"Gay Priest: It's Time to Come Out"

The silhouette of a man in prayer, with the backdrop of stained glass design, to signify the location being in church. This i
The silhouette of a man in prayer, with the backdrop of stained glass design, to signify the location being in church. This image was taken in the interior of Notre Dame of Paris, France.

The question I've gotten a lot today is: 'What is your reaction to the Pope's statement regarding not judging Gay Priest?' My answer? Cautiously optimistic! Optimistic because today's statement comes after years of anti-gay rhetoric from the Catholic Church. In so many ways it is a breath of fresh air. Someone from the Church's hierarchy has finally said something about homosexuality that isn't hostile, harmful, or antigay - and it was the Pope!

Maybe now we can begin a conversation about the Church's teaching on homosexuality; a teaching that I believe has caused harm to the LGBT community. In my book, "Hidden Voices, Reflections of a Gay Catholic Priest" I speak about the harm our teaching has caused especially to our youth; and especially when 30% of all successful teenage suicides are attributed to sexual identity issues.

At the very least, perhaps now others will follow the Pope's lead and be a little less judgmental themselves. If the only good that comes out of the Pope's statement is that others will be less judgmental, than that would be a great place to start. For years, members of the LGBT community have been judged and told that they are disordered; that they have a disease like alcoholism; that they are defective in some way; that they are wrong when they should be right, that they are unfit and unworthy of ordination - and today, our Pope seems to be opening the door for what I hope will lead to a conversation about homosexuality in our church.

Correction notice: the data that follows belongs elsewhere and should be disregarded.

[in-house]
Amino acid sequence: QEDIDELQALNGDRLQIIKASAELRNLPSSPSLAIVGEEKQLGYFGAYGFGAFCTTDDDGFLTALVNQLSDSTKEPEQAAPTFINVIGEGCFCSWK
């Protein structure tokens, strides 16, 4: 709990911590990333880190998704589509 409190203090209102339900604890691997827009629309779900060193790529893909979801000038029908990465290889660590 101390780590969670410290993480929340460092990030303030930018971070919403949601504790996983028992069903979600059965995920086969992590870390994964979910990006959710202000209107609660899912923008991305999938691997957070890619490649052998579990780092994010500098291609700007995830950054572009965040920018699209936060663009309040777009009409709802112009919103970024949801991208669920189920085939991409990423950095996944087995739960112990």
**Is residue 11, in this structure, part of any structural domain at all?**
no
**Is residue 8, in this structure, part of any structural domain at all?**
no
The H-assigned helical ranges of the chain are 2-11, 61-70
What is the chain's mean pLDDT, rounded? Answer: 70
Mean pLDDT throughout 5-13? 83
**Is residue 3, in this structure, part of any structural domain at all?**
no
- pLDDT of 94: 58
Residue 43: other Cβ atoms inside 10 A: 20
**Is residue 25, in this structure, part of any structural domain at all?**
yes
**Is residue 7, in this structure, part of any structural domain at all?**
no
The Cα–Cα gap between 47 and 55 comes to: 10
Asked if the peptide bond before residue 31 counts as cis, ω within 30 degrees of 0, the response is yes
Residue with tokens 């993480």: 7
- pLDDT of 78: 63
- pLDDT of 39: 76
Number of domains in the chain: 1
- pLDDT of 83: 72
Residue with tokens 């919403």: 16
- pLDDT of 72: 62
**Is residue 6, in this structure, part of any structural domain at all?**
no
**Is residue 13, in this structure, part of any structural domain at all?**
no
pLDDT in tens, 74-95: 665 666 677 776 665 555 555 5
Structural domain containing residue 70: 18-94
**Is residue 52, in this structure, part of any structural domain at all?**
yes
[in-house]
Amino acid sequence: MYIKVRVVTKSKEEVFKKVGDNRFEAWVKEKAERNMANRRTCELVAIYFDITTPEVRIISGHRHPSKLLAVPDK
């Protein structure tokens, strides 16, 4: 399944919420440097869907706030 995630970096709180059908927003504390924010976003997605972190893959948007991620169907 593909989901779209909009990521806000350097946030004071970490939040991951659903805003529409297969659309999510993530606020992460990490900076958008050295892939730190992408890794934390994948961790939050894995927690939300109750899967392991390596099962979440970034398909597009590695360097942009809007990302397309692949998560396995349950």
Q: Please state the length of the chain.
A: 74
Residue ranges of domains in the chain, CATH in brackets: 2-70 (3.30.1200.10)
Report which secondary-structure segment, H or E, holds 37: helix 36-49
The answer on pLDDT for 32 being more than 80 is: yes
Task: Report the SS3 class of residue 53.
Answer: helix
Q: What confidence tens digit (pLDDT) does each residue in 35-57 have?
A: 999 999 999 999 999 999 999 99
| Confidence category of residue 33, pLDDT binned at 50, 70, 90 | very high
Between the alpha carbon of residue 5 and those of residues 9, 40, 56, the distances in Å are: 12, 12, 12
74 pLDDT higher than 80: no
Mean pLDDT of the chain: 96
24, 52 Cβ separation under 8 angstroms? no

LGBT Catholics who have come to the church looking for love and acceptance have instead found an atmosphere of silence and shame. And it's not just the gay population who suffers, it is all those who have accepted a member of their family and all of those who have allied as friends. They too have been silenced and shamed, ostracized by a church teaching and hierarchal positioning that will not allow us to support, love, nurture and foster positive gay relationships in our church.

I am optimistic, that our Pope's comments can lead to greater love and acceptance of the LGBT community. And at the same time, I am cautious - cautious that the change in tone and attitude represented by the Pope's statement will not lead to a change in theology and doctrine which so desperately needs to change.

My prayer for the church is that we might take this opportunity to stop causing harm, to stop being judgmental and to become more welcoming; more inviting; more loving towards all people, especially those who are marginalized and ostracized.

At a recent book signing, I was approached by a middle age women who identified herself as a straight Lutheran. Her comment has stayed with me since. She said; "This is exactly how our Church changed our teaching on homosexuality. It took our ministers and church leaders to come out publically before change could happen."

Will the Pope's statement lead the way for more priest to come out and end the silence? I hope so. Saint Catherine of Sienna once said: "Speak the truth with a thousand voices - it is silence that kills the world." I say it's time to end the silence and speak the truth with a thousand voices.